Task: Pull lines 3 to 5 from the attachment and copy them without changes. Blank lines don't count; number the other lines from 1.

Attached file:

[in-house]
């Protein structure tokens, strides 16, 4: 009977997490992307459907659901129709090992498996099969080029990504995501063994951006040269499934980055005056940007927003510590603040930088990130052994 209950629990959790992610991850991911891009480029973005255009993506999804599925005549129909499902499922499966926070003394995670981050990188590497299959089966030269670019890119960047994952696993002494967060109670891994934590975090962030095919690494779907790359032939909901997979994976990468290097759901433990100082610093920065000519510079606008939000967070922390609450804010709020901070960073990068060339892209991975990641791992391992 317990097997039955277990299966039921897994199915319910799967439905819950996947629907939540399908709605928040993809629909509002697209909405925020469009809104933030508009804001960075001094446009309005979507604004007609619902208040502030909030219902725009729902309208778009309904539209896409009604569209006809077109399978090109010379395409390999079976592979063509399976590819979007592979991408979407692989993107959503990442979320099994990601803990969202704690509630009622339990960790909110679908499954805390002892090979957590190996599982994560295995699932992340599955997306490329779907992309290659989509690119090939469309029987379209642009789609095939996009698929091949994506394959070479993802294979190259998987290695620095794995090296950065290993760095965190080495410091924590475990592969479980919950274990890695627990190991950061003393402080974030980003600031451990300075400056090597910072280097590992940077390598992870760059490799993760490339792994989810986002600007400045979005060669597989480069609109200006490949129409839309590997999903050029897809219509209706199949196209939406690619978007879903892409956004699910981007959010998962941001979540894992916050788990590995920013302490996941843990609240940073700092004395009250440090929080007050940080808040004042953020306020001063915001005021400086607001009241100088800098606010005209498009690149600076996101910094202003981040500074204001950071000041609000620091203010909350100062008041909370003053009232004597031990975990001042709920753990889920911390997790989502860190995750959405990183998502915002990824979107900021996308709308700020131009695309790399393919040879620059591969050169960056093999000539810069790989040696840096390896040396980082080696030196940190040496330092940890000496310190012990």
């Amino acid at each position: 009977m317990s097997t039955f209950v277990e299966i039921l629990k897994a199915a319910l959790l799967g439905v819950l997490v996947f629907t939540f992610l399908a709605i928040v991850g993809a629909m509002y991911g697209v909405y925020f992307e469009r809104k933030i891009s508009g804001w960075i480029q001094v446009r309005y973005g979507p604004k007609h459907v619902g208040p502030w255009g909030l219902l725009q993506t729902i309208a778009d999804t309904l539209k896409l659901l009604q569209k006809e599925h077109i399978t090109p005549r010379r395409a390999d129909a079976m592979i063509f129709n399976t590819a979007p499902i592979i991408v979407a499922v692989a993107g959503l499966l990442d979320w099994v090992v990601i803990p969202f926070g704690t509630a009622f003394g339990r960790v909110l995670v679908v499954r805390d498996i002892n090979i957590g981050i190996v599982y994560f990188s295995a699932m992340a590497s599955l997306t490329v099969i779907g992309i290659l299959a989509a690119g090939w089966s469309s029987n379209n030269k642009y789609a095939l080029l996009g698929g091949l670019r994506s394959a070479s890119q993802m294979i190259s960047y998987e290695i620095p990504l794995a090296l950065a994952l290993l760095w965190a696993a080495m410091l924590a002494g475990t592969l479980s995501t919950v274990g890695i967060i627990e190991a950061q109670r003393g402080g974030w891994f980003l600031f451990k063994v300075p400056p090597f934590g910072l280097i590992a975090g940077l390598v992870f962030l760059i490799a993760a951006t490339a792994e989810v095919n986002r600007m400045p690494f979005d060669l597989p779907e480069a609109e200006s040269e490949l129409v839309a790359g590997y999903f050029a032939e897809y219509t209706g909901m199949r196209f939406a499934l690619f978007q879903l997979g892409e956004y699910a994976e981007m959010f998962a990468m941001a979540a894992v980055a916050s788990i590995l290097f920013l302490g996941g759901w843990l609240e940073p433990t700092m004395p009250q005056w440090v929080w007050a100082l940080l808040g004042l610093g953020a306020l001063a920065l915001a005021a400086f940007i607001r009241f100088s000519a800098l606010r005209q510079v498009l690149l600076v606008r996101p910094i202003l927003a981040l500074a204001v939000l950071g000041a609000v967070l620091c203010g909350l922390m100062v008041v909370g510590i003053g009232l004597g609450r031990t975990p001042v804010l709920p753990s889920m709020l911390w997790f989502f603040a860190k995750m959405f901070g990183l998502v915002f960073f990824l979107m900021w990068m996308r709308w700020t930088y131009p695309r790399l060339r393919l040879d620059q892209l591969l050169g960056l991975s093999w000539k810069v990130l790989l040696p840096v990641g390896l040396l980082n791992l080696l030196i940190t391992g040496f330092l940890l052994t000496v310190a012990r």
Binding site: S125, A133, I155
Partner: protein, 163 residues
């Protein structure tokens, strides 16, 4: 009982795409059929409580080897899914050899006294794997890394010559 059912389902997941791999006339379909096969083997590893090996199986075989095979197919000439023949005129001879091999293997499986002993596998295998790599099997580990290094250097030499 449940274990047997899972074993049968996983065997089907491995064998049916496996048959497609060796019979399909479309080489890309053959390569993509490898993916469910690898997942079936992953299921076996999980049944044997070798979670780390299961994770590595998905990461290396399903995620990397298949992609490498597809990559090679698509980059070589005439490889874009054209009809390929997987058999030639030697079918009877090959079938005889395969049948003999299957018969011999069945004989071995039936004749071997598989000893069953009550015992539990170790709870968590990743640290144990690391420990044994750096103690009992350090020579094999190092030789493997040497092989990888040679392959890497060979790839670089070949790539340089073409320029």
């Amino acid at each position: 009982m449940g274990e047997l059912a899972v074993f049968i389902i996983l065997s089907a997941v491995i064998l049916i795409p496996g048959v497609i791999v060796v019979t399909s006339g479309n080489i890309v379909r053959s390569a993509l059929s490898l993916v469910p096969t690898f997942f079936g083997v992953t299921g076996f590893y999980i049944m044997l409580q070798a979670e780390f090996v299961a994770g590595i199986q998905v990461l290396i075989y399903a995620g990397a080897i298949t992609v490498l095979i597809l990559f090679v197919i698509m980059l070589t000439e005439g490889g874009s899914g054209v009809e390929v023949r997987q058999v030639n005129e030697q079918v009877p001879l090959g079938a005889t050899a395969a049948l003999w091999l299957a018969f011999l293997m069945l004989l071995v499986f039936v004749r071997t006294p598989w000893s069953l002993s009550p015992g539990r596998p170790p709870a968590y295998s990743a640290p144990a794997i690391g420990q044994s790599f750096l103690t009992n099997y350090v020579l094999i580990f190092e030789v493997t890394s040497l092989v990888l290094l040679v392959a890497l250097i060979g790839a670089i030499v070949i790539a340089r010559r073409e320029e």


């Amino acid at each position: 009977m317990s097997t039955f209950v277990e299966i039921l629990k897994a199915a319910l959790l799967g439905v819950l997490v996947f629907t939540f992610l399908a709605i928040v991850g993809a629909m509002y991911g697209v909405y925020f992307e469009r809104k933030i891009s508009g804001w960075i480029q001094v446009r309005y973005g979507p604004k007609h459907v619902g208040p502030w255009g909030l219902l725009q993506t729902i309208a778009d999804t309904l539209k896409l659901l009604q569209k006809e599925h077109i399978t090109p005549r010379r395409a390999d129909a079976m592979i063509f129709n399976t590819a979007p499902i592979i991408v979407a499922v692989a993107g959503l499966l990442d979320w099994v090992v990601i803990p969202f926070g704690t509630a009622f003394g339990r960790v909110l995670v679908v499954r805390d498996i002892n090979i957590g981050i190996v599982y994560f990188s295995a699932m992340a590497s599955l997306t490329v099969i779907g992309i290659l299959a989509a690119g090939w089966s469309s029987n379209n030269k642009y789609a095939l080029l996009g698929g091949l670019r994506s394959a070479s890119q993802m294979i190259s960047y998987e290695i620095p990504l794995a090296l950065a994952l290993l760095w965190a696993a080495m410091l924590a002494g475990t592969l479980s995501t919950v274990g890695i967060i627990e190991a950061q109670r003393g402080g974030w891994f980003l600031f451990k063994v300075p400056p090597f934590g910072l280097i590992a975090g940077l390598v992870f962030l760059i490799a993760a951006t490339a792994e989810v095919n986002r600007m400045p690494f979005d060669l597989p779907e480069a609109e200006s040269e490949l129409v839309a790359g590997y999903f050029a032939e897809y219509t209706g909901m199949r196209f939406a499934l690619f978007q879903l997979g892409e956004y699910a994976e981007m959010f998962a990468m941001a979540a894992v980055a916050s788990i590995l290097f920013l302490g996941g759901w843990l609240e940073p433990t700092m004395p009250q005056w440090v929080w007050a100082l940080l808040g004042l610093g953020a306020l001063a920065l915001a005021a400086f940007i607001r009241f100088s000519a800098l606010r005209q510079v498009l690149l600076v606008r996101p910094i202003l927003a981040l500074a204001v939000l950071g000041a609000v967070l620091c203010g909350l922390m100062v008041v909370g510590i003053g009232l004597g609450r031990t975990p001042v804010l709920p753990s889920m709020l911390w997790f989502f603040a860190k995750m959405f901070g990183l998502v915002f960073f990824l979107m900021w990068m996308r709308w700020t930088y131009p695309r790399l060339r393919l040879d620059q892209l591969l050169g960056l991975s093999w000539k810069v990130l790989l040696p840096v990641g390896l040396l980082n791992l080696l030196i940190t391992g040496f330092l940890l052994t000496v310190a012990r």
Binding site: S125, A133, I155
Partner: protein, 163 residues